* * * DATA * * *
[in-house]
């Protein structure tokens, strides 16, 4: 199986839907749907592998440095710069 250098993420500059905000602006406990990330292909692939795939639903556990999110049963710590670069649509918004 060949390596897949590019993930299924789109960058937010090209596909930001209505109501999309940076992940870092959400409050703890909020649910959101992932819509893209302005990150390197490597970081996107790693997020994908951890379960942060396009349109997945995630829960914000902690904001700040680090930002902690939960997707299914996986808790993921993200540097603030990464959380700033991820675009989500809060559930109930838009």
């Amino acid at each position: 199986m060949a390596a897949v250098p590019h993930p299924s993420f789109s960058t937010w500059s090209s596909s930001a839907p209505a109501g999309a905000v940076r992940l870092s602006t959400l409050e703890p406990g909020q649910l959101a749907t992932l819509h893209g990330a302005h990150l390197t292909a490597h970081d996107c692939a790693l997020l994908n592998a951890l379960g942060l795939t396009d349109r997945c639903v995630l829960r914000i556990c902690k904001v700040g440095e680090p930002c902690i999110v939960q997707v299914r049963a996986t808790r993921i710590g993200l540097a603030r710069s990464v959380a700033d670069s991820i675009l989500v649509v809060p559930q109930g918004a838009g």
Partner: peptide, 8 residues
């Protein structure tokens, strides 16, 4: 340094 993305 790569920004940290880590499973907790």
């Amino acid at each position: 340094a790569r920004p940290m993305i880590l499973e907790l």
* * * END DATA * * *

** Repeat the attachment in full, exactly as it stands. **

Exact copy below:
[in-house]
């Protein structure tokens, strides 16, 4: 199986839907749907592998440095710069 250098993420500059905000602006406990990330292909692939795939639903556990999110049963710590670069649509918004 060949390596897949590019993930299924789109960058937010090209596909930001209505109501999309940076992940870092959400409050703890909020649910959101992932819509893209302005990150390197490597970081996107790693997020994908951890379960942060396009349109997945995630829960914000902690904001700040680090930002902690939960997707299914996986808790993921993200540097603030990464959380700033991820675009989500809060559930109930838009």
């Amino acid at each position: 199986m060949a390596a897949v250098p590019h993930p299924s993420f789109s960058t937010w500059s090209s596909s930001a839907p209505a109501g999309a905000v940076r992940l870092s602006t959400l409050e703890p406990g909020q649910l959101a749907t992932l819509h893209g990330a302005h990150l390197t292909a490597h970081d996107c692939a790693l997020l994908n592998a951890l379960g942060l795939t396009d349109r997945c639903v995630l829960r914000i556990c902690k904001v700040g440095e680090p930002c902690i999110v939960q997707v299914r049963a996986t808790r993921i710590g993200l540097a603030r710069s990464v959380a700033d670069s991820i675009l989500v649509v809060p559930q109930g918004a838009g």
Partner: peptide, 8 residues
């Protein structure tokens, strides 16, 4: 340094 993305 790569920004940290880590499973907790």
């Amino acid at each position: 340094a790569r920004p940290m993305i880590l499973e907790l």